Delhi’s Odd-Even reduced pollution, but skewed by night traffic and other factors

David RobertsNews0 Comments

NEW DELHI: A study of Delhi’s odd-even trial has suggested that the road rationing scheme did improve air quality during the trial hours — especially during peak traffic hours — but those gains were lost due to heavy car and truck traffic during the non-trial hours between 8pm and 8am.

In addition to emissions from commercial vehicles, increased traffic at night after the odd-even hours may have led to the increase in the 24-hour average particulate matter (PM) values, reveals the study by IIT Delhi in collaboration with University of Surrey, University of Birmingham and others. It also found that the baseline concentrations —those excluding local emission sources such as vehicles estimated by IIT Delhi — at various locations were already high and masking the improvements from the odd-even trial.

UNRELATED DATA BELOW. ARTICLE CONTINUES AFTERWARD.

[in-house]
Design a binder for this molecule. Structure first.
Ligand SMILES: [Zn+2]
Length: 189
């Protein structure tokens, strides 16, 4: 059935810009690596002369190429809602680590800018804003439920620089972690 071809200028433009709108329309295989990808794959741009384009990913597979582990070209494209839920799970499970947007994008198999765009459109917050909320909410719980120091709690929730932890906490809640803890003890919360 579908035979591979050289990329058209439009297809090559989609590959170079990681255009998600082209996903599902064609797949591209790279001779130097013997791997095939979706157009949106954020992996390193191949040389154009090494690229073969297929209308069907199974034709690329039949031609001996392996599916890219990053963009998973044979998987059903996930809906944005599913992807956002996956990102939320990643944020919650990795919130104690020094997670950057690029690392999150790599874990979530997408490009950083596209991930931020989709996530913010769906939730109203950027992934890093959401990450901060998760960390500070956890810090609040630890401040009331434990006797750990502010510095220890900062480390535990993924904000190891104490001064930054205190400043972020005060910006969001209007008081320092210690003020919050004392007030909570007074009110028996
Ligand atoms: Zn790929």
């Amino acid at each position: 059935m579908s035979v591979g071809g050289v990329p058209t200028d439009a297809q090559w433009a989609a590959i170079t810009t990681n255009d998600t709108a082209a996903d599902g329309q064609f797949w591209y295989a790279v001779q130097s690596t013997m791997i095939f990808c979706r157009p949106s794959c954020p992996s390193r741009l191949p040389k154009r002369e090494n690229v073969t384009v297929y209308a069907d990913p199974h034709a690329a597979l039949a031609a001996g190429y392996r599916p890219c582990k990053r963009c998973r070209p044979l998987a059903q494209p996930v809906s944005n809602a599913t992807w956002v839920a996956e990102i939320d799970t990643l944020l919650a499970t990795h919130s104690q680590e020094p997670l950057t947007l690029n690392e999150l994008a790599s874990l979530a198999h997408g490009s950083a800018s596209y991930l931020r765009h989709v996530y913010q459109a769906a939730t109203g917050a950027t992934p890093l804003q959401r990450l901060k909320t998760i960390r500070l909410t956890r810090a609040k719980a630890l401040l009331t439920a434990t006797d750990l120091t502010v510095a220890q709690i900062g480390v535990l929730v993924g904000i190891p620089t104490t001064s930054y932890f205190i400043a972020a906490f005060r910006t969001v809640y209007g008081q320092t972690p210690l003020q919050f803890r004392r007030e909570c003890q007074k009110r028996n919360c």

The study used data from Delhi Pollution Control Committee (DPCC) to make their assessments for Anand Vihar, Mandir Marg, RK Puram and Punjabi Bagh. Except for RK Puram, all are near heavy traffic zones. It considered hourly averages for the odd-even days in January and April 2016 and the PM data for the same dates in 2015.

Researchers also found that meteorological factors like wind speed and direction played an important role. READ MORE …

Here is a Summary from the University of Surrey

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